What would you like for readers to take away from your novels? 

I just want readers to be able to connect on some level with the characters I create, and take with them an experience rather than just a story.

Who is your favorite author and what is it that really strikes you about their work?

I don’t have a favorite – I have several! Anne Rice and Neil Gaiman I have admired for many years. I love Rice’s deep, descriptive style and Gaiman’s unique ideas. But I also love Paullina Simons and Cormac McCarthy – there are just so many! And, of course, there’s J.K. Rowling, but I don’t really have to name her, do I? Isn’t she everybody’s favorite by default? 😊

Is there one book that has had an impact on not only your writing, but on you personally?

 That would be THE VAMPIRE ARMAND by Anne Rice. It’s a book that I’ve read four or five times and the one that really inspired me to try to become a published author.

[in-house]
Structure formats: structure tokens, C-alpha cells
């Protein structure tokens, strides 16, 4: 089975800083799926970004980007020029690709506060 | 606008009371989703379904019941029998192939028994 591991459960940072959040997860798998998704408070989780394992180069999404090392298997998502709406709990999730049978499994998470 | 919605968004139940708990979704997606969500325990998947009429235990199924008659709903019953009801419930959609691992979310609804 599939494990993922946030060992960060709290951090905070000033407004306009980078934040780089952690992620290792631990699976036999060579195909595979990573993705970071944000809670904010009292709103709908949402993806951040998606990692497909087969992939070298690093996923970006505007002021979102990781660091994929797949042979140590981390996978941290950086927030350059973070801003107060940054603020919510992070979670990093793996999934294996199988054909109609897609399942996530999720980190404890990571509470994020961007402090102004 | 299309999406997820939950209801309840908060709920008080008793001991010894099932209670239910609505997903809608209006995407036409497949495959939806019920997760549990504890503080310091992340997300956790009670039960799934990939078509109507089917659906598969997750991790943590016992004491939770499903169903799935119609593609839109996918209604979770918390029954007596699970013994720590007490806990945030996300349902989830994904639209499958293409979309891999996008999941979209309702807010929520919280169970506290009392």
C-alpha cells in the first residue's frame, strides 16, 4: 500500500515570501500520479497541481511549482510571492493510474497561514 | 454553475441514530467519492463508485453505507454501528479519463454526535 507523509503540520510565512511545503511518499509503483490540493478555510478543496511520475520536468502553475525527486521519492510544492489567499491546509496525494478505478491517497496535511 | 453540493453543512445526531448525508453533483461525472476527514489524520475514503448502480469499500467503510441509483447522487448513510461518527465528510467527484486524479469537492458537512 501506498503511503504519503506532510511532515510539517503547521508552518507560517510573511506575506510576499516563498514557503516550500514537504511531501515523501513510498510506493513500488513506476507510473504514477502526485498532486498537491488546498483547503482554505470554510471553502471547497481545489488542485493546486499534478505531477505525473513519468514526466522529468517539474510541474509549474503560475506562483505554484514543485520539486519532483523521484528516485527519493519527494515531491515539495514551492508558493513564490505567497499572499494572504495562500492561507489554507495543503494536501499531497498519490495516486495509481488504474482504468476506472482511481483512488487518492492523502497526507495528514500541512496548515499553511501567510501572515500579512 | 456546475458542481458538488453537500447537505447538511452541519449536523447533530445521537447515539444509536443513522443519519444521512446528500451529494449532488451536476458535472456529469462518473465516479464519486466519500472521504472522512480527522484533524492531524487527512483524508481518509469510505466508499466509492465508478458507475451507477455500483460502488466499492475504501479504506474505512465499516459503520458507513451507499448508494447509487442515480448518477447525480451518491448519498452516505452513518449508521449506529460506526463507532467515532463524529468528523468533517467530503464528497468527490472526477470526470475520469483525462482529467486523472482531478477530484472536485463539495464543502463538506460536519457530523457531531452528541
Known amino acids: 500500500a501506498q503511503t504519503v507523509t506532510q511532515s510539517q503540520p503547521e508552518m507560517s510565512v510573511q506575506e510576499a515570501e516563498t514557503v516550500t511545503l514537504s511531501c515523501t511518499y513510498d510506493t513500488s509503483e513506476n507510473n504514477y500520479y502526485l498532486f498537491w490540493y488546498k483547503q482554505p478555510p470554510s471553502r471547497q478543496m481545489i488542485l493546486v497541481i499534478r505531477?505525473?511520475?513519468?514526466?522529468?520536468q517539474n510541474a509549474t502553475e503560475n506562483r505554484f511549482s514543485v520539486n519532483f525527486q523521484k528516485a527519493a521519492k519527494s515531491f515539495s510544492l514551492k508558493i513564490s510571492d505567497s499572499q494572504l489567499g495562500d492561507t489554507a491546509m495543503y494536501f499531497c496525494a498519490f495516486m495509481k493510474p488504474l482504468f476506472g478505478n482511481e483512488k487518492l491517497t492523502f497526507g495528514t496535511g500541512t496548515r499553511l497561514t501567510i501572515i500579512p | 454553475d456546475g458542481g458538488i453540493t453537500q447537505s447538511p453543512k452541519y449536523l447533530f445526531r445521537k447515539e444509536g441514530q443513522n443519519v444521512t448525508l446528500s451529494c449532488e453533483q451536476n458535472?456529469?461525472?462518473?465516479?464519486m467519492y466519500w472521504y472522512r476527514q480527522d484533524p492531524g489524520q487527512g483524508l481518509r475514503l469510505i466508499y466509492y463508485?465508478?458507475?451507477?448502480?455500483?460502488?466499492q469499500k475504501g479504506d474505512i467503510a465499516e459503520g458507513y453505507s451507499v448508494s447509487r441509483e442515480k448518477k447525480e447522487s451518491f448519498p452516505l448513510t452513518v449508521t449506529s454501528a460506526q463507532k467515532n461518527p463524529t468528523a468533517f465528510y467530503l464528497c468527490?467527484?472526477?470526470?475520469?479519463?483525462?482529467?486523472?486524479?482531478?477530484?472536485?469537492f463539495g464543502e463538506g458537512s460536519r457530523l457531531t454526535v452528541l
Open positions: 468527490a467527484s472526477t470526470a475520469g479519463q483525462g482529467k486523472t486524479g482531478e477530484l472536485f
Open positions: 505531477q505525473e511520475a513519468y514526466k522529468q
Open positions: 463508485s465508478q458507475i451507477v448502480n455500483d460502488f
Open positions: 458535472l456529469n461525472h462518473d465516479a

Tell us your favorite quote.

“Love is a trick that Nature plays on us to get us to reproduce.” – Callisto – Xena Warrior Princess.

I’m not against love, I’ve always just been awed by that quote. Not to mention, Callisto was awesome!

If the Earth suddenly became uninhabitable, would you rather live under the sea or in space? 

In space! I’m obsessed with the Universe. Besides, the thought of living in the ocean sort of terrifies me.

How important is it to understand the basics of publishing before delving into selfpublishing?

Writers need to understand that self‐publishing is not easy. Sure, you can write a book and upload it and start selling, but there is so much more to it than that. If a writer chooses to self‐publish they must commit to some hardcore self‐promoting and spending a lot of their own money (professional editing, giveaways, review copies, cover art, advertisements, etc.). Bypassing all of this stuff can leave your book buried beneath the avalanche of millions of other books competing for the same exposure.

Can you provide a few selfpublishing best practices you believe brought you literary success?